Christopher Hill, former U.S. ambassador to South Korea, discusses the threat of North Korea's nuclear missiles and explains what it means for the U.S. and South Korea.» Read More
North Korea is moving a medium-range missile to a site on its east coast, with Marc Ginsberg, former White House Middle East policy advisor; Ed Rogers, BGR Group chairman; Howard Dean, CNBC contributor.
The war of words is escalating into action since North Korea moved a missile to its east coast. Gen. Barry McCaffrey, U.S. Army (retired), weighs in.
Shawn Matthews, CEO of Cantor Fitzgerald, provides his global perspective on the markets, amid geopolitical tensions and ahead of Friday's jobs report.
Byron Wien of Blackstone Advisory and North Korea specialist John Park discuss tensions between that nation and others in and outside of the region.
Daniel Akerson, Chairman & CEO of General Motors, discusses how central banks and Japan's aggressive monetary policy will impact his company, with CNBC's Phil LeBeau.
Daniel Akerson, Chairman & CEO of General Motors, discusses the automaker's plans to grow sales, and how threats in Korea are impacting his company, with CNBC's Phil LeBeau.
Joseph Trevisani, Worldwide Markets chief market strategist; and Joe Kinahan, TD Ameritrade, discuss Japan's new bond-buying policy and its impact on global currency markets.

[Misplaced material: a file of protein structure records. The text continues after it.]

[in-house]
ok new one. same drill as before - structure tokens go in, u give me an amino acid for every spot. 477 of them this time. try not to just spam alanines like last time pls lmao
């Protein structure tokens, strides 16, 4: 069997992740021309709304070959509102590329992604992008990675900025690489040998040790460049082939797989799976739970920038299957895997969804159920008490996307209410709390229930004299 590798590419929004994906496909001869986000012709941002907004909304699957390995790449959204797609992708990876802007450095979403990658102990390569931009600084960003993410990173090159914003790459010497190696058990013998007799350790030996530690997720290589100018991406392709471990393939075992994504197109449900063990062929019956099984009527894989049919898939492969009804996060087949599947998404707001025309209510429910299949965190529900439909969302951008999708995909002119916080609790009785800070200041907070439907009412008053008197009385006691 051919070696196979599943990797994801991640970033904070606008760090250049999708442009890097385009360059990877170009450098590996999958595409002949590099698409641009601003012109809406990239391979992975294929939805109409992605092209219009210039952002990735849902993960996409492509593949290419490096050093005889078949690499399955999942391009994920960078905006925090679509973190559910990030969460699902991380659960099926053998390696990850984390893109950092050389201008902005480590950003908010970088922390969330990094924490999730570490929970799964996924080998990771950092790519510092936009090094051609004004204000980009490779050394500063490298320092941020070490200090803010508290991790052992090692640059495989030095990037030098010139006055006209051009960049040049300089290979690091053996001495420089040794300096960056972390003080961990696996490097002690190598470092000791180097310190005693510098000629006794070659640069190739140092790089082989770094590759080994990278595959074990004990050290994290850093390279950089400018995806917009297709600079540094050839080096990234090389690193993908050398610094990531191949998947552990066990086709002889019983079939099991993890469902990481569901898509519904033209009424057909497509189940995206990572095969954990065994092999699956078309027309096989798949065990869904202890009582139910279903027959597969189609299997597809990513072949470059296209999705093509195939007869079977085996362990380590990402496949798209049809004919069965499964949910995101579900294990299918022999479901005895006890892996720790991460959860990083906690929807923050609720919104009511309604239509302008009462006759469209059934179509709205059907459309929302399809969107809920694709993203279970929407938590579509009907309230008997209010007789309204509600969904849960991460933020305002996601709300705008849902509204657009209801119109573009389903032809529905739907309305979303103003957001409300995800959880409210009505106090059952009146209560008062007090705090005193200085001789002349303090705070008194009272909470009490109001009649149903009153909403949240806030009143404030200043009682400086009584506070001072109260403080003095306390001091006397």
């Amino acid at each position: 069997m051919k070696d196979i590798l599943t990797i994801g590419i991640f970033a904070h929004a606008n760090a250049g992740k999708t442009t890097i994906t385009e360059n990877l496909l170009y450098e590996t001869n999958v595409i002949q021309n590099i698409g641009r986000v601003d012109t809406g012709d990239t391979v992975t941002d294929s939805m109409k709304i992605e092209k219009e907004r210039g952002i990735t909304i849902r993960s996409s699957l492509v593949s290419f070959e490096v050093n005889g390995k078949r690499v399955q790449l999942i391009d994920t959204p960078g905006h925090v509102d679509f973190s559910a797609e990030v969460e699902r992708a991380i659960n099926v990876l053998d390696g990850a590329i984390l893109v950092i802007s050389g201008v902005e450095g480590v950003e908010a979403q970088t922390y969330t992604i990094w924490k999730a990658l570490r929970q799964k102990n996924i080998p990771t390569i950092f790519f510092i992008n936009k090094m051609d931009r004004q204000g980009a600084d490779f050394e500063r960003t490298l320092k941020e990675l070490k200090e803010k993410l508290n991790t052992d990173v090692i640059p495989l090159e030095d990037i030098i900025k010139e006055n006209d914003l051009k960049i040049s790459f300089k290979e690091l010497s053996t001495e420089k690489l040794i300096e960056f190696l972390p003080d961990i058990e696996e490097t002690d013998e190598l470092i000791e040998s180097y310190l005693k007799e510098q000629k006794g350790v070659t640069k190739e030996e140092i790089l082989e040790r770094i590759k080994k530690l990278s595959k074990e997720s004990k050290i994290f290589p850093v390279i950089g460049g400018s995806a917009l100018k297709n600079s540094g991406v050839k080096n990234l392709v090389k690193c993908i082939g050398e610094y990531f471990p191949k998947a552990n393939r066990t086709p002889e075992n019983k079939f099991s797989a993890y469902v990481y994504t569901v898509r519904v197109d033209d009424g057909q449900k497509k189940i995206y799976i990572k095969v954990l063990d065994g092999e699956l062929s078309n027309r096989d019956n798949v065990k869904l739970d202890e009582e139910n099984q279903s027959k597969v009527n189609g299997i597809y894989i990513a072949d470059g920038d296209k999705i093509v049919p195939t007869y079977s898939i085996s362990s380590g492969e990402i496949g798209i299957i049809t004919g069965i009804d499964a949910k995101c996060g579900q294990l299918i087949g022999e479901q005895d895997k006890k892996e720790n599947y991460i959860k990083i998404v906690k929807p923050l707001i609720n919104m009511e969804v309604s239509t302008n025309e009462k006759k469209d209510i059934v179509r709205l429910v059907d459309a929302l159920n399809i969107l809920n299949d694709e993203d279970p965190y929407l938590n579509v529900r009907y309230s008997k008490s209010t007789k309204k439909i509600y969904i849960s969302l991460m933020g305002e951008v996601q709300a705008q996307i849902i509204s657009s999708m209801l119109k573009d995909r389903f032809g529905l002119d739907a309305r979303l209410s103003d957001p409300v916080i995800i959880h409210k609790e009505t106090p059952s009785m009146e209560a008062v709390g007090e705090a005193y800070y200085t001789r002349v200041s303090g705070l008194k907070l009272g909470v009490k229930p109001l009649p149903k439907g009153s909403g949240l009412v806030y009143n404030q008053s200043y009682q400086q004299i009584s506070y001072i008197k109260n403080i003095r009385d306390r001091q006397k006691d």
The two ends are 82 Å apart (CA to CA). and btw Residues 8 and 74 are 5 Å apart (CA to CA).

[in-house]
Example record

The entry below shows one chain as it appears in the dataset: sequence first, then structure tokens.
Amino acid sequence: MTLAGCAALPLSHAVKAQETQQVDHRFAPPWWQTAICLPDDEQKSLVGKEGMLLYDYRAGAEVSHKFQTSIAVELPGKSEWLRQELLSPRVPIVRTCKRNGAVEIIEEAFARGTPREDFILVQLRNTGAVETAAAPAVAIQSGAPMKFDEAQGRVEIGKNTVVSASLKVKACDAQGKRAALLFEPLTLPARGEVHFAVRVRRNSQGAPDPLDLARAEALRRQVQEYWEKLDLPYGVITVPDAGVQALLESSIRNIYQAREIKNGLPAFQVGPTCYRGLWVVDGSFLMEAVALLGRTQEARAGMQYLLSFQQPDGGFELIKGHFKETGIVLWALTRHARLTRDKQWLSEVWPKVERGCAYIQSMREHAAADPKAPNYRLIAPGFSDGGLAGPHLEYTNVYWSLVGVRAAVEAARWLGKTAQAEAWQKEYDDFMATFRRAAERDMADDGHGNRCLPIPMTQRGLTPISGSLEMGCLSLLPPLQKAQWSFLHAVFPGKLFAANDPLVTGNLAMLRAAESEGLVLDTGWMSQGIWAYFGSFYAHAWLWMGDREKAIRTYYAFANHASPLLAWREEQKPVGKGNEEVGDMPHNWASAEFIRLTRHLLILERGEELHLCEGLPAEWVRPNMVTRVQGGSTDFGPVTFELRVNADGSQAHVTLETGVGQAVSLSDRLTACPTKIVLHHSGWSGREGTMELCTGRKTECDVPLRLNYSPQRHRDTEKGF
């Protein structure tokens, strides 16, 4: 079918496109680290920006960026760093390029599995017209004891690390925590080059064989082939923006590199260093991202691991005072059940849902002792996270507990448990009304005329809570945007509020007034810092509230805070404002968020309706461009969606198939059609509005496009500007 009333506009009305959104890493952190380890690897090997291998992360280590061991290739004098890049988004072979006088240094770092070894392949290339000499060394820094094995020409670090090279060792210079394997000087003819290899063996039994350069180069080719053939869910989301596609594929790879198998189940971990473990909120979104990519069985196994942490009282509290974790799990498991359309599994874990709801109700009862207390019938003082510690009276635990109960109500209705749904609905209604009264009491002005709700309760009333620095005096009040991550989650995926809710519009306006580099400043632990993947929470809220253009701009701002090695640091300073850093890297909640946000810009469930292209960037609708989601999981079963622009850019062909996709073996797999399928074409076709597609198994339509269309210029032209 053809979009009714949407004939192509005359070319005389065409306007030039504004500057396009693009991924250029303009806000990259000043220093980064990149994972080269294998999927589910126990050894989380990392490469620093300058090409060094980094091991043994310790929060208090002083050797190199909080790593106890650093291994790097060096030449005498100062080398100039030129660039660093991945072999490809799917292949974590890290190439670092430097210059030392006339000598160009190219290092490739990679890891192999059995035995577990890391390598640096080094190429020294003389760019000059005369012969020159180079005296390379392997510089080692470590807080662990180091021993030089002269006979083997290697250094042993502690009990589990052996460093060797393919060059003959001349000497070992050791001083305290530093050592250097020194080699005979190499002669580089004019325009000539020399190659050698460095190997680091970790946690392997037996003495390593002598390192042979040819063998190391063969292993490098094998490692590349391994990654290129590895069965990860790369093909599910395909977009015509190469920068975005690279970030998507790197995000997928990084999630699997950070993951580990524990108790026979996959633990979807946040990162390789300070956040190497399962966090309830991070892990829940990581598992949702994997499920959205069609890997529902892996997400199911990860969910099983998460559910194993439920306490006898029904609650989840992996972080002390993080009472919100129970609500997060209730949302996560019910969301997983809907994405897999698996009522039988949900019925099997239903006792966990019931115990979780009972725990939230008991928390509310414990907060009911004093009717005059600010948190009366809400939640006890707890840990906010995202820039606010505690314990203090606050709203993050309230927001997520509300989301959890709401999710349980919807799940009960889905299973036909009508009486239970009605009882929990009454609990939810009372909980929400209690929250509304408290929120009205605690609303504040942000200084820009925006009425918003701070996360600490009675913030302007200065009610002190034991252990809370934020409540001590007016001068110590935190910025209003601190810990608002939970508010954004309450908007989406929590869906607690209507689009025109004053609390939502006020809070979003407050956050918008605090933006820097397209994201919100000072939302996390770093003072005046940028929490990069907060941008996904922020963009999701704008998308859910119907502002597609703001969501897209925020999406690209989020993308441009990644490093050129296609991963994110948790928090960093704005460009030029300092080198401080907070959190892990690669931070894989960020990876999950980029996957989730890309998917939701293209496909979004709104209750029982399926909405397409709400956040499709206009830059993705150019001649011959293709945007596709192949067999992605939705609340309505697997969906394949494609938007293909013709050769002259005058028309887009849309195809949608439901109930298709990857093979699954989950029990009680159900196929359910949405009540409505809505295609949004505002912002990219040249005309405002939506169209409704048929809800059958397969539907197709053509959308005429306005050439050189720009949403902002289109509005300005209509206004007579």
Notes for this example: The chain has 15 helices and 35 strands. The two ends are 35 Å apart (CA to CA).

There's new evidence North Korea may already be pointing missiles at South Korea. CNBC's Eunice Yoon reports the latest details on the growing tensions in the area.
North Korea barred entry to a joint industrial complex it shares with the South for a second day, Seoul's Unification Ministry said, and demanded extended notice of when hundreds of South Korean workers planned to leave.
Despite the sabre-rattling from North Korea, Richard Tanter, Professor at the School of Political and Social Studies at the University of Melbourne, Pyongyang has no capability to attack the US, but cautions about the impact of the tensions on the Korean peninsula.
Discussing what role China plays in the tensions with North Korea, and how worried the U.S. should be about hacking, with Carla Robbins, Council on Foreign Relations.
The U.S. Defense Secretary Chuck Hagel acknowledged he's concerned the crisis in Korea could escalate, with CNBC's Eamon Javers; and how this news is impacting stocks, with Brian Jacobsen, Wells Fargo Advantage Funds and Tom McClellan, The McClellan Market Report.
David Lutz, Stifel Nicolaus, explains why the stress in gold is not geopolitical.
The U.S. military is sending missile defense technology to Guam, specifically THAAD, or Terminal High Altitude Area Defense, reports CNBC's Eamon Javers.
Defense Secretary Hagel says North Korea's rhetoric presents a "real and clear" danger from the country. CNBC's Eamon Javers reports the U.S. is sending missile defense to Guam. CNBC's Bob Pisani, weighs in.
North Korea vows to fire up previously closed nuclear reactors, reports NBC's Jim Maceda in Seoul, South Korea.
Joseph Cheng, Chair Professor at City University of Hong Kong says Kim Jong-Un's regime probably thinks the best way to strengthen North Korea's security is to complete the nuclear weapons program, noting it would provide a valuable bargaining chip for diplomatic recognition.
Uwe Parpart, Managing Director, Head of Research at Reorient Financial Markets says North Korea restarting the uranium enrichment plant could lead to collaboration with Iran.
Dane Chamorro, Director, Asia Pacific at Control Risks discusses the probability of the situation in North Korea remaining a war of words or escalating into a full-blown conflict.